Hamilton’s fellow Federalist author and Supreme Court Chief Justice John Jay informed a jury in a 1794 case that:

It may not be amiss, here, Gentlemen, to remind you of the good old rule, that on questions of fact, it is the province of the jury, on questions of law, it is the province of the court to decide. But it must be observed that by the same law, which recognizes this reasonable distribution of jurisdiction, you have nevertheless a right to take upon yourselves to judge of both, and to determine the law as well as the fact in controversy.

Given the strength of these opinions, then, it is no surprise that the denial of trials by jury was one of the foremost acts of despotism listed by Thomas Jefferson in the Declaration of Independence.

As for the concept that juries have not only the power but the obligation to nullify unjust rulings of a judge, John Adams wrote, “It is not only [the juror’s] right, but his duty … to find the verdict according to his own best understanding, judgment, and conscience, though in direct opposition to the direction of the court.”

And Hamilton, again from The Federalist Papers, described the jury’s check on the judge as a “double security” that “tends to preserve the purity” of both judge and jury.

Obviously, the idea that juries may act contrary to the will of a judge is nothing new in American law and in fact it is an act of resistance to government oppression that our Founders believed to be fundamental in a Republic that was to remain free under the rule of law, rather than enslaved according to the rule of men.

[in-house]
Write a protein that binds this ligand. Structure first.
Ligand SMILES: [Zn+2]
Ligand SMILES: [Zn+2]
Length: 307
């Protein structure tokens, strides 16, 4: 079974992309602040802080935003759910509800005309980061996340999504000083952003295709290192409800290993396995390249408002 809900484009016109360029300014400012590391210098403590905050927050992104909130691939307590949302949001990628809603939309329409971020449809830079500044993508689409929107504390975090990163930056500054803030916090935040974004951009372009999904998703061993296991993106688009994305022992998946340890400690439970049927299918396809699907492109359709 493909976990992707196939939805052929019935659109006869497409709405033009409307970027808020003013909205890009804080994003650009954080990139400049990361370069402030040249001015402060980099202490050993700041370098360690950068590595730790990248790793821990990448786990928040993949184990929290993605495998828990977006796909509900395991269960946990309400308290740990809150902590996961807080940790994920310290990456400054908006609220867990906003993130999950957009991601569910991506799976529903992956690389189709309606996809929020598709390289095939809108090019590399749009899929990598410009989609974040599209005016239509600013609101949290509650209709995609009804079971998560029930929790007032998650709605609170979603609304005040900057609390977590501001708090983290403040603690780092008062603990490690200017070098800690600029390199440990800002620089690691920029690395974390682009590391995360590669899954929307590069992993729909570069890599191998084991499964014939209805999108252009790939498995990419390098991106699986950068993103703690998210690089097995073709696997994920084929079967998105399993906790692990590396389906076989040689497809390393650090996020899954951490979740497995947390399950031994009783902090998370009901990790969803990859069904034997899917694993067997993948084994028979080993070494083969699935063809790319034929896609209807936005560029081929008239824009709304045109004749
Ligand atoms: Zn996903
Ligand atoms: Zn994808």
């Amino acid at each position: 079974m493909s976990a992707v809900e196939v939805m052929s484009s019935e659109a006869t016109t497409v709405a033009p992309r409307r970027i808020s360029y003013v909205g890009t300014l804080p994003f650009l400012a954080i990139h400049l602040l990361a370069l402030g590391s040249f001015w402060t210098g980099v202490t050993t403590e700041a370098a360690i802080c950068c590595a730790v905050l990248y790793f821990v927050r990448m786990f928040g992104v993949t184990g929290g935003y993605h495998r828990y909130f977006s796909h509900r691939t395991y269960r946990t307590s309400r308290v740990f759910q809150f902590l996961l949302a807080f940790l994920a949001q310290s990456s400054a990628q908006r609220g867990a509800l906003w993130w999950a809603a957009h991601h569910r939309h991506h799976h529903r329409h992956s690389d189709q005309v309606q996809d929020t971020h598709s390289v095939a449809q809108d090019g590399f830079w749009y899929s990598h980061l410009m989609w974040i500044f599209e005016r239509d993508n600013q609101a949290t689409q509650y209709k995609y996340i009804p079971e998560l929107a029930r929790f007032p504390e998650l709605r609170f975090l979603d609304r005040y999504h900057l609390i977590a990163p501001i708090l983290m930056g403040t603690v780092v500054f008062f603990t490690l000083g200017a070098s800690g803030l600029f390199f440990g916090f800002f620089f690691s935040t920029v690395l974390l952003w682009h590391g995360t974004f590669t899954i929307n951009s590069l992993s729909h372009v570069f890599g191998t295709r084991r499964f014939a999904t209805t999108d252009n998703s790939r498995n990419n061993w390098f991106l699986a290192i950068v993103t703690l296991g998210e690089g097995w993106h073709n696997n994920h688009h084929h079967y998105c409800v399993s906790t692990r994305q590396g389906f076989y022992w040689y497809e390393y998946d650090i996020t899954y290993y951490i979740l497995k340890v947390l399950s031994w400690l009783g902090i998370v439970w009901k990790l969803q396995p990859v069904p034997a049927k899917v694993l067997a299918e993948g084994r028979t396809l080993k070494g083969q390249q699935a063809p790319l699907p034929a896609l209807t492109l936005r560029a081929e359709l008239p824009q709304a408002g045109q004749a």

As indicated by the statements provided above, our Founding Fathers zealously defended this right and recognized that only an informed and empowered jury could effectively protect a defendant from the potentially harmful effects of autocratic judges.

On its website, the Fully Informed Jury Association, an organization devoted to educating Americans on the benefits of jury nullification, sums up the reason jury nullification is a good idea and one supported by constitutional principles of freedom from tyranny:

The primary function of the independent juror is not, as many think, to dispense punishment to fellow citizens accused of breaking various laws, but rather to protect fellow citizens from tyrannical abuses of power by the government.

Despite all of this, the Washington Times reported in 2013 that jury nullification proponents in Florida and New Jersey “have been arrested and charged with ‘jury tampering’ for distributing handbills at the courthouse that essentially publish the text of the New Hampshire law.”

In an editorial, the Washington Times sees such persecution as a prime example of the need for jury nullification in the fight against government oppression:

This demonstrates clearly the responsibility of juries to serve as a check against judges and prosecutors who may think they’re the last word in all matters of the law. Respect for the law and the courts is necessary for the good of all in a free society, and sometimes, as the number of frivolous and oppressive laws multiply, a little nullification can be a tonic, and a reminder to the lawyers, including judges, of who’s really the boss.

Naysayers notwithstanding, the Constitution guarantees the right to trial by jury. This means that the government must bring its case before a jury of the people if government wants to deprive any person of life, liberty, or property. In defense of those “unalienable rights,” indeed, as the last line of defense, jurors can reject government tyranny by refusing to convict those subjected to prosecution for violating unjust laws.

As of the time of writing this article, the issue has not been reintroduced to the Alaska House Judiciary Committee. If enacted, however, the bill would take immediate effect.

Joe Wolverton, II